Study Abroad

Hello followers!

Good news– I’m back in Kansas for another school year at KU. So be on the look out for more Kwirky Kansas posts coming your way.

Screen Shot 2014-09-16 at 5.07.52 PMIn other news, I am looking to study abroad at the University of New South Wales in Sydney, Australia this spring. My classes have been approved and I am on my way but one thing is stopping me. Money. It’s always financial burdens that holds us back from lives most exciting adventures. So followers and fellow bloggers I am coming to you for help. While I am applying for scholarships, I am also raising money to study abroad. Studying abroad for six months will cost me about $23,000 and I need your help in raising the funds. If you can donate to help my cause great! I would greatly appreciate it. If not, do me a favor and share my link with those you are connected with.

For more information about my reasoning for studying abroad and how to donate go to http://www.gofundme.com/cy7cpc.

Thanks for your support and like I said look out for new posts soon!

-Cassidy

Moon Marble Company sells more than just marbles

Moon Marble Company sells a variety of marbles, including homemade marbles, in addition to traditional toys and games. Visitors are able to see how marbles are made aside from shopping.  These demonstrations are offered three times a week.  For a map and image of Moon Marble Company, please see the infographic below.  The company has been in Bonner Springs for 17 years inside what was originally owner Bruce Breslow’s wood shop.Screen Shot 2014-04-21 at 7.21.23 PM

“In the woodshop, we had a lot of scrap wood, and I didn’t want to just throw out these pieces…,” Breslow said.  “I started gluing them up and turning them into board games, and I needed marbles.”

Breslow went to a local variety store but found only one type of marbles- green cat’s eyes from Taiwan.  Eventually, Breslow found a company in West Virginia willing to ship a variety of marbles to Bonner Springs.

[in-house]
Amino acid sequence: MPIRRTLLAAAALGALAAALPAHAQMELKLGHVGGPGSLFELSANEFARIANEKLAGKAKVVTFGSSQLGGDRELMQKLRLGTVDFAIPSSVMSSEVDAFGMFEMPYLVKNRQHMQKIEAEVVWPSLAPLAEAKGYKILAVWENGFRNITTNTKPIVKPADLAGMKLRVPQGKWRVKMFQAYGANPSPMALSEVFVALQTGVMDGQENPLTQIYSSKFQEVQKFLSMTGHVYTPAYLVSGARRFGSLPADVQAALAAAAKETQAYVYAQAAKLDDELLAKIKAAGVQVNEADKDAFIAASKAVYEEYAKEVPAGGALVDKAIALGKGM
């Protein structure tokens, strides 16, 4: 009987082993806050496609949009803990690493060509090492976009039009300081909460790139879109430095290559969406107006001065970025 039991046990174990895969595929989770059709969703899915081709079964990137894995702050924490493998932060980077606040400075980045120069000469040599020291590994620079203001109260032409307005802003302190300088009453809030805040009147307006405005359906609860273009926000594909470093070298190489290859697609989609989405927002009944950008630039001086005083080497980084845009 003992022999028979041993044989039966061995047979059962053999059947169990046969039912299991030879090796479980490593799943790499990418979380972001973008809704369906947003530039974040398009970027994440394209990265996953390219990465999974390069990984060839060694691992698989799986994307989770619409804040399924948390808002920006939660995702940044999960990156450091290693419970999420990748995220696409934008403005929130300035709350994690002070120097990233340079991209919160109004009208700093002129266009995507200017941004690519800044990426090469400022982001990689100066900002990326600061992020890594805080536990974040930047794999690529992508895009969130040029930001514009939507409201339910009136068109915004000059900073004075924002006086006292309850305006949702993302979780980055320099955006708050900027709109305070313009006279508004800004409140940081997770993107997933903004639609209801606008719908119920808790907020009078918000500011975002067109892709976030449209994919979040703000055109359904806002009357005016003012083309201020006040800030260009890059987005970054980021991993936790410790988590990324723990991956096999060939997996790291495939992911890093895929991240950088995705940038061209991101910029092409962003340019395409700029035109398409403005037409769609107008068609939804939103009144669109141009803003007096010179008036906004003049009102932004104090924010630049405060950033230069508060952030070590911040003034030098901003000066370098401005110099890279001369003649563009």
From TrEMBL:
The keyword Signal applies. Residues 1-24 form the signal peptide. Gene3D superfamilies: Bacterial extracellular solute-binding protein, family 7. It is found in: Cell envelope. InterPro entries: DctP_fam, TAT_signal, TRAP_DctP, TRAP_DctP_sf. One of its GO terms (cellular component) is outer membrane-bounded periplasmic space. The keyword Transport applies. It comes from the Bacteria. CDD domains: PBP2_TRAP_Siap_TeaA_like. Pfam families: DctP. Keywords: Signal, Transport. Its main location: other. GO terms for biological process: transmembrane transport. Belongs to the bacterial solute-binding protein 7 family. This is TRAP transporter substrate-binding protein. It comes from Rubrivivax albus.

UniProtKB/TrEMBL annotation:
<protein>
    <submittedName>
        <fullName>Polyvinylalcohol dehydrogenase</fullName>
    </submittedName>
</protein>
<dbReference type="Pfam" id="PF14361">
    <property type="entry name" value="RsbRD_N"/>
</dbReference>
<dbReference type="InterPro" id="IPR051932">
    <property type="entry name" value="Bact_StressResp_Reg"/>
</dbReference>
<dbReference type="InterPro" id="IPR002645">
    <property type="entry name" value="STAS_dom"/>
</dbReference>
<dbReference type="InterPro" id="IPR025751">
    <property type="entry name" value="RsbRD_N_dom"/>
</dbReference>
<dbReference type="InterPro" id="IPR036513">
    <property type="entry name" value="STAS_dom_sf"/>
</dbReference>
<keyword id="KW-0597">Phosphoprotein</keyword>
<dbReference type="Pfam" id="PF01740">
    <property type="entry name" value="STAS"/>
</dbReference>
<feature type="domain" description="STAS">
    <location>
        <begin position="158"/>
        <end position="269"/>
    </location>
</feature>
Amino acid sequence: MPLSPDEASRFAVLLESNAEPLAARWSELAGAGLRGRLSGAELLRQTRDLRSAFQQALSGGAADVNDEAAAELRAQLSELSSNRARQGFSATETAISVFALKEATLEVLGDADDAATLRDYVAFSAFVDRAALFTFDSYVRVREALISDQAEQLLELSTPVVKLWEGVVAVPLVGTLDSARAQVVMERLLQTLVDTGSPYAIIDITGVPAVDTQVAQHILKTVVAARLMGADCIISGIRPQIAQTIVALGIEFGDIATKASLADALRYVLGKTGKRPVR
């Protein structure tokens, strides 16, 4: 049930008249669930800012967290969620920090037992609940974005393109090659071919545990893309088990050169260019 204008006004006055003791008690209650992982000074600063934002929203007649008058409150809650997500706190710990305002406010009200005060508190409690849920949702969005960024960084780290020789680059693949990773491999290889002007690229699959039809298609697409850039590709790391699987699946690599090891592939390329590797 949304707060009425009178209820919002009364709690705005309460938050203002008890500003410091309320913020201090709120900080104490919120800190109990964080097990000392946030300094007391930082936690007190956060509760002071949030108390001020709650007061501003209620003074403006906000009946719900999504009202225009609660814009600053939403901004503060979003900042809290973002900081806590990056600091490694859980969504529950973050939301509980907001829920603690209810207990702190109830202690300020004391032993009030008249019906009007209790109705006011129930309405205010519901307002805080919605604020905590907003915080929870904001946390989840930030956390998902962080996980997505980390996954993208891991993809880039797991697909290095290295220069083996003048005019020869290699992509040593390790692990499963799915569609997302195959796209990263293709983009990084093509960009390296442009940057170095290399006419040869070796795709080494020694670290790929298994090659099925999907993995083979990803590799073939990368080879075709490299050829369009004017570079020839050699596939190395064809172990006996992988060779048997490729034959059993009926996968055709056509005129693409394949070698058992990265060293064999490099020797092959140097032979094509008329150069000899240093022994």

“Several weeks later, the semi-truck backed up to the back dock and I bought 85,000 marbles,” he said.  “I’ve been in the marble business ever since.”

After starting the business, Breslow came across the idea of showing people how marbles were made.  In order to do that, he first had to learn to make marbles. He read all he could about marbles at the library and called other artists to ask questions.  Once Breslow received a torch from his wife, he made molds out of wood from his shop and melted Coca- Cola bottles to practice making marbles.

Breslow said the first few were hard to shape into a perfect circle, but after a week he got the hang of it.

Three marbles made by Sarah Sally LaGrand, Bruce Breslow and Aaron West from left to right.

These marbles, from left to right, were made by hand by Sarah Sally LaGrand, Bruce Breslow and Aaron West.

Many of the marbles in the store are handcrafted.  One marble takes at least 25 to 30 minutes to make, not counting the small pieces that go inside some marbles.  Those little parts and pieces are made in advance.  Due to the time constraint to make one marble, Breslow has some marbles shipped to Moon Marble Company.